I hear you’re as big a reader as a writer. What’s on the bedside cabinet and do you read alongside when you’re plotting and writing?

I read three novels a week. What I don’t read much is sagas, since I spend two-thirds of the year writing them. Enough is enough. I read a lot of modern novels, especially by American authors like Robyn Carr and Sherryl Woods, who write such warm complex tales of families and friends.

I like reading cosy mysteries – Miss Marple type, not gruesome or super-violent ones. I think Jacqueline Winspear is my favourite writer of these, but I like Lillian Stewart Carl’s gentle Scottish mysteries too.

The Trader’s Dream, your latest book is almost your sixtieth novel!  And you write three novels a year. How do you work it – do you have more than one book at a time on the go, and how do you keep coming up with all these ideas?

I can’t write more than one book at a time, so I just work till I’ve finished one. I prefer to write every day, to keep ‘inside’ the story. I could push myself and write four novels a year, but I have a life outside writing, so I don’t. I have a gorgeous husband, two daughters, son-in-law and grandson, and some very lovely friends.

I find it refreshing to write different types of book. For instance, though I write historical novels for two of my three publishers, one requires novels set in Australia and the other isn’t allowed that, so I set them mainly in Wiltshire. My modern novels can be set in either country.
As for ideas, they well up all the time. I wish I could write faster to keep up with them.

I used to write fantasy novels as Shannah Jay and I miss that, but there are only so many hours in the day. My Shannah Jay novels are on sale from my website, by the way.

Oh, and I’ll never be remembered for my dusting or ironing, as I don’t do such silly activities. I was born without any domestic genes and pay other wonderful people to do those chores. I’d rather write.

  The third in your Traders series, what’s The Trader’s Dream about?

Bram Deagan dreams of bringing his family from Ireland to join him in Australia, where he now runs a successful trading business. But when a typhus epidemic strikes Ireland, it leaves the Deagan family decimated. And, with other members of the family scattered round the world, there is only Maura Deagain left to look after her orphaned nieces and nephew.

Forced to abandon her own ambitions, and unsure whether she is ready to become a mother figure to three young children, Maura recognises that their only hope is to join Bram in far-away Australia. So they set sail on the SS Delta, which will carry them there, via the newly opened Suez Canal.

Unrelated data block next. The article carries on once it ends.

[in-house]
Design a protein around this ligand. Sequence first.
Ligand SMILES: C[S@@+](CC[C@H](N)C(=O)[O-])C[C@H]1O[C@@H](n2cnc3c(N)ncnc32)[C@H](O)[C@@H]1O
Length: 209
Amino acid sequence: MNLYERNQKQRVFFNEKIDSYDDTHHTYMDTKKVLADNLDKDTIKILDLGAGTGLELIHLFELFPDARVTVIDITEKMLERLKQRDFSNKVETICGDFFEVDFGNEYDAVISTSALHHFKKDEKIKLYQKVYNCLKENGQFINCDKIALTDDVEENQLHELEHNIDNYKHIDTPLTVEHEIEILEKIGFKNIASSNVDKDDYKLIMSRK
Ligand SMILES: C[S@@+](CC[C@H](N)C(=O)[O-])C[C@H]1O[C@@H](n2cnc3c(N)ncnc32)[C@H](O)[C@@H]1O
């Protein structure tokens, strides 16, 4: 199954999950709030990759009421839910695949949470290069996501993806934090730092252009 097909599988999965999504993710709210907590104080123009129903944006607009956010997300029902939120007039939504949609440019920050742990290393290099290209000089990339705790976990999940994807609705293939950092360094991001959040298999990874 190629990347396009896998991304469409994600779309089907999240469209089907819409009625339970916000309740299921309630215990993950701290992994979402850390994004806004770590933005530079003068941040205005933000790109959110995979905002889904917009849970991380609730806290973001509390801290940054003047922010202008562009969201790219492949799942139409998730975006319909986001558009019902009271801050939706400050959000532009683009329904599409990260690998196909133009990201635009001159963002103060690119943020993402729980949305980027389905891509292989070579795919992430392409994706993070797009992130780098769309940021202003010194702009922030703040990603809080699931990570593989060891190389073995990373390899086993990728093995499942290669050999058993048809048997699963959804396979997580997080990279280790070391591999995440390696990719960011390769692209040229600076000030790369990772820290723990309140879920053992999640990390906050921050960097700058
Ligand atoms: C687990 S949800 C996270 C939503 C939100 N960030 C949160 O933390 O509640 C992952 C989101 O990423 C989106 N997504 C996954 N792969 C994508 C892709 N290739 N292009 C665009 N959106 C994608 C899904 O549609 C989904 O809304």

It is only when a storm throws her and fellow passenger Hugh Beaufort together that Maura realises this journey may also give her a chance to realise a dream she set aside years ago – to have a family of her own. That is, until someone from Hugh’s past threatens to jeopardise everything.

 
I’ve waited ten years to write a story with the background of the opening of the Suez Canal. It was such a fascinating event. You can find out more about the story and the research behind it, and read the first chapter, on my website at www.annajacobs.com

There are no doubt other projects already in the pipeline. So what’s next?…

I have already written Book 4 in the Traders – The Trader’s Gift. There will be five in all.
I have a modern novel coming out at the end of January. A Place of Hope is set on the moors just outside Littleborough, Lancashire, and is on one of my favourite themes – people making new lives for themselves. People of all ages do this all the time in real life and I’ve found it leads to some fascinating tales in fiction.

And I’m just starting a new series of Wiltshire sagas. I’m having fun setting up a tale that will cover three books.

I tell myself, one day, if I ever get that book deal, I’m going to employ a cleaner and gardener! Finally, as such a successful and prolific writer, you’re in the enviable position that you must earn a reasonable living for it to be your main ‘day’ job. What little perks or ‘luxuries’ has writing afforded you?

Writing has paid for our second home in England, because we’ve always been moderately careful with money. Writing allows me to buy any book that takes my fancy – to me, that’s riches.

I’m not much interested in jewellery or fashion, especially not the ‘daft’ fashions like walking on stilts that some women are doing these days. They call them shoes, I call them stilts, and don’t they give the wearers an awkward, ungainly gait, like limping camels!

We’re not rich but it’s nice that we’re comfortable enough to be able to pay school fees for our grandson. I do most truly believe in education, because your brain is what guides you through life, so it needs good training and exercise because it’s going to have a lot to cope with over they years. I love that my own writing means research and creativity, which means keeping my brain alive.